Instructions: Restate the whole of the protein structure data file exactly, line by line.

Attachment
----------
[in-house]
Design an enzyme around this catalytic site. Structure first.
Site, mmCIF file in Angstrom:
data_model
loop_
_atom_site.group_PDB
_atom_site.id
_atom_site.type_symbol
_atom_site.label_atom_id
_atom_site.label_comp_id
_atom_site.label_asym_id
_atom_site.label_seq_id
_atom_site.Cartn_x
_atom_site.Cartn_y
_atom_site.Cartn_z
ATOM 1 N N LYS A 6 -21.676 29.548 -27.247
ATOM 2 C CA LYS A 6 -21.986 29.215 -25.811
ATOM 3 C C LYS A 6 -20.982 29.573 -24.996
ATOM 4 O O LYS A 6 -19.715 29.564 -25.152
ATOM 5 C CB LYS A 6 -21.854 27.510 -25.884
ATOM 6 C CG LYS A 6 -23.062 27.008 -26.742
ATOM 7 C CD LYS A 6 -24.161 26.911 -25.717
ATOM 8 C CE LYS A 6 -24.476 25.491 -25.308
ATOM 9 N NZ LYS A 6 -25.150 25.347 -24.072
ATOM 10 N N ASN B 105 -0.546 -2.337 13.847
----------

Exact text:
[in-house]
Design an enzyme around this catalytic site. Structure first.
Site, mmCIF file in Angstrom:
data_model
loop_
_atom_site.group_PDB
_atom_site.id
_atom_site.type_symbol
_atom_site.label_atom_id
_atom_site.label_comp_id
_atom_site.label_asym_id
_atom_site.label_seq_id
_atom_site.Cartn_x
_atom_site.Cartn_y
_atom_site.Cartn_z
ATOM 1 N N LYS A 6 -21.676 29.548 -27.247
ATOM 2 C CA LYS A 6 -21.986 29.215 -25.811
ATOM 3 C C LYS A 6 -20.982 29.573 -24.996
ATOM 4 O O LYS A 6 -19.715 29.564 -25.152
ATOM 5 C CB LYS A 6 -21.854 27.510 -25.884
ATOM 6 C CG LYS A 6 -23.062 27.008 -26.742
ATOM 7 C CD LYS A 6 -24.161 26.911 -25.717
ATOM 8 C CE LYS A 6 -24.476 25.491 -25.308
ATOM 9 N NZ LYS A 6 -25.150 25.347 -24.072
ATOM 10 N N ASN B 105 -0.546 -2.337 13.847